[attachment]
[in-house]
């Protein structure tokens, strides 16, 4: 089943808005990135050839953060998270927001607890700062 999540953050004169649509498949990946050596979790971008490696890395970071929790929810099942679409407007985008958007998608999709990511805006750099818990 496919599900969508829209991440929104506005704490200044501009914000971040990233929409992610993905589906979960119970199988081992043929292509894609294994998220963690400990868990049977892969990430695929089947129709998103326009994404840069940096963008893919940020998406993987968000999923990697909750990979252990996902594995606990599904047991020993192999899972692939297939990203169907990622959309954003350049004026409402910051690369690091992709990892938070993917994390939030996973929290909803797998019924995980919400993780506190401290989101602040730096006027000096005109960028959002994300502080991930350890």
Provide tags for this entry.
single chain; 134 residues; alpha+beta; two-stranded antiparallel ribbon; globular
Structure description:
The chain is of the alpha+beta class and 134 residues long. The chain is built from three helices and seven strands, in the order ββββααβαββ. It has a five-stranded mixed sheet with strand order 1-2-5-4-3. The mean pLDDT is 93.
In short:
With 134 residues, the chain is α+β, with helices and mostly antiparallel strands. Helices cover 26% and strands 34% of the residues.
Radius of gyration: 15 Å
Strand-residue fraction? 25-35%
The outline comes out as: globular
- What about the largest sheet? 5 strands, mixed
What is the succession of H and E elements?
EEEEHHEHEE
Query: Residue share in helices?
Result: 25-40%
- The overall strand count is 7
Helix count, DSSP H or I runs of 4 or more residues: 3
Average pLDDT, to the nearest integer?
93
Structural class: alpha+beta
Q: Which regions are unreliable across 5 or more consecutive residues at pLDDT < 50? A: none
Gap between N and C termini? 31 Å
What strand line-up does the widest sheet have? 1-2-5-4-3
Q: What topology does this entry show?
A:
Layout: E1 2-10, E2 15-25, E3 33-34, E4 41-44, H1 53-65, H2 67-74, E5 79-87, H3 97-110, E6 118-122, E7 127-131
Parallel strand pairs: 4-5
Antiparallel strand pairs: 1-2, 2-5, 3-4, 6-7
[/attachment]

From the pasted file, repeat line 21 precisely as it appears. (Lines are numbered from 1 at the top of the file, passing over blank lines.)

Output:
Structural class: alpha+beta